The “trade paperback” deal always struck me as spurious: we’ll charge you hard bound prices for a somewhat bigger paperback? Why? It’s no more durable, it’s no more well manufactured, it just costs more, takes up more space, and isn’t even large type. Pointless outside of marketing — people will pay more for bigger things.

    Size does matter: and for some things, smaller is better.

  11. Blinde Schildpad says:

    I just signed in to mention Mr. Creosote.

    Thank you, that is all.

  12. DaveP says:

    9.99, you’ve got to be joking.

    also, wafer thin is a very strange thing to say about paper–i know of no wafers that are thinner than the average page in a book, that’s for sure

  13. Anonymous says:

    Anyone else reminded of Yueh’s miniature Orange Catholic Bible for space travelers in Dune?

  14. sethoscrey says:

    The dutch flipback books are pretty awesome, they’re very small which makes them ideal to take with you, as they take up less space and weigh a lot less than a pocket/paperback book.

    oh, and mpb: the first dutch flipback was, in fact, a bible translation. They wanted to make an easy-to-bring-along bible. the really special thing isn’t the paper though, it’s the book’s spine, which allows it to stay open. the photos and movies on the official dutch side explain it a bit better: http://www.dwarsligger.nl/dwarsligger.php

    • Anonymous says:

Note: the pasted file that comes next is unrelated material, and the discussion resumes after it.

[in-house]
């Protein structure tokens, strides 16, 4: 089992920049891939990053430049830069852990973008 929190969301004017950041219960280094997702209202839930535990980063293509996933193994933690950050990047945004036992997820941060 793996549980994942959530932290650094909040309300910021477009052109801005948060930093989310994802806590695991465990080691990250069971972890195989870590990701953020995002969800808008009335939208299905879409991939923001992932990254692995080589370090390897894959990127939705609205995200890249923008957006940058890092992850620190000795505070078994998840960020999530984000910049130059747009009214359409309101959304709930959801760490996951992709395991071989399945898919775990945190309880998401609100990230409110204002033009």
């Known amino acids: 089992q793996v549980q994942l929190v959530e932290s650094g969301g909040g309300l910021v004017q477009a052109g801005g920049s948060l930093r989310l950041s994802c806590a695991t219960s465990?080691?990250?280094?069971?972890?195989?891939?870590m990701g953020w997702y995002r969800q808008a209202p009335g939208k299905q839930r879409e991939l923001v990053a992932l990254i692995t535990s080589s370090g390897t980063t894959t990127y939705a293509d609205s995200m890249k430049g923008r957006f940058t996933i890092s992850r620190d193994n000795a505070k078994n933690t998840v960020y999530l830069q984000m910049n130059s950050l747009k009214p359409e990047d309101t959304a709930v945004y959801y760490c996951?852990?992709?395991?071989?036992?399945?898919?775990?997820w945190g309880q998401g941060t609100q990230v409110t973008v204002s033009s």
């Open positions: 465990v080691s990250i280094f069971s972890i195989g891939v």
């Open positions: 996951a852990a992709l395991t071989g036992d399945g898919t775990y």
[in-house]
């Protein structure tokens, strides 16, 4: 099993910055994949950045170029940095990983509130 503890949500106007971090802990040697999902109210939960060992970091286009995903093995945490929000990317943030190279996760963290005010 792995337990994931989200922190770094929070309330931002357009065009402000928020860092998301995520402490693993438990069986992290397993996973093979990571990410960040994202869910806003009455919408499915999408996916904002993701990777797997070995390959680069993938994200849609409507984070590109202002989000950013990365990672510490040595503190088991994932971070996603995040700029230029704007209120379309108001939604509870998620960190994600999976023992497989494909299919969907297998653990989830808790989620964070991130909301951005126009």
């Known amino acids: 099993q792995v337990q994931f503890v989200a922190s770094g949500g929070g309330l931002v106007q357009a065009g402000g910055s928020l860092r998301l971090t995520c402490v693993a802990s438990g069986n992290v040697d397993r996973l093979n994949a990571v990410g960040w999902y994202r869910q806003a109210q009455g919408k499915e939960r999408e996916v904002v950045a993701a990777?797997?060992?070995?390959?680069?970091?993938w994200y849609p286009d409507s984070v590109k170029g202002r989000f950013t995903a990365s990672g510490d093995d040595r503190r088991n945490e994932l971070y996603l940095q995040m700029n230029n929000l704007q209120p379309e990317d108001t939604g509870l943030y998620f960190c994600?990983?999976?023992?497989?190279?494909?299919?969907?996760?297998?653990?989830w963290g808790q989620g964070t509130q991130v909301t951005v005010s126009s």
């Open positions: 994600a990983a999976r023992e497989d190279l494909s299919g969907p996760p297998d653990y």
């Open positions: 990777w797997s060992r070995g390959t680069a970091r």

I watched the video…
      1. She’s clearly using two hands to read
      2. She looks like she’s up to something nefarious with those shifty eyes
      3. Having studied German for years and years, I was pleasantly surprised to understand much of the video! It’s like a nifty German/English amalgamation!

  15. seyo says:

    Correct me if I’m wrong, but the person in the photo appears to be using two hands to read this amazing book from the future.

  16. Hagelslag says:

    I live in The Netherlands and these books have become ever more popular. What started in the autumn of 2009 with nine titles is currently available in more than one hundred titles. They are small and very convenient. Excellent for journey or holidays. These books are available in every bookstore in the country. It is truly a big hit! On million sold for a population of 16 million is not bad at all :-). I recommend these (no commercial interest al all!) highly.

    In The Netherlands they are called: Dwarsligger. See their website.

  17. Hagelslag says:

    Sorry, I meant: One million and at all :-).

  18. Anonymous says:

    This is very similar to my experience with the iphone as a ebook reader with Stanza or Instapaper. I can hold it in one hand and easily flip quickly between pages. Clearly the ease of use is trumping the traditional format of the book.

  19. Avram / Moderator says:

    I’ve been wondering if someone was going to find a way of getting people to pay trade-paperback prices for something with the convenient form-factor of a rack-sized paperback. It’s annoying that publishers have been conditioning readers for more than half a century to associate convenient sizing with cheapness.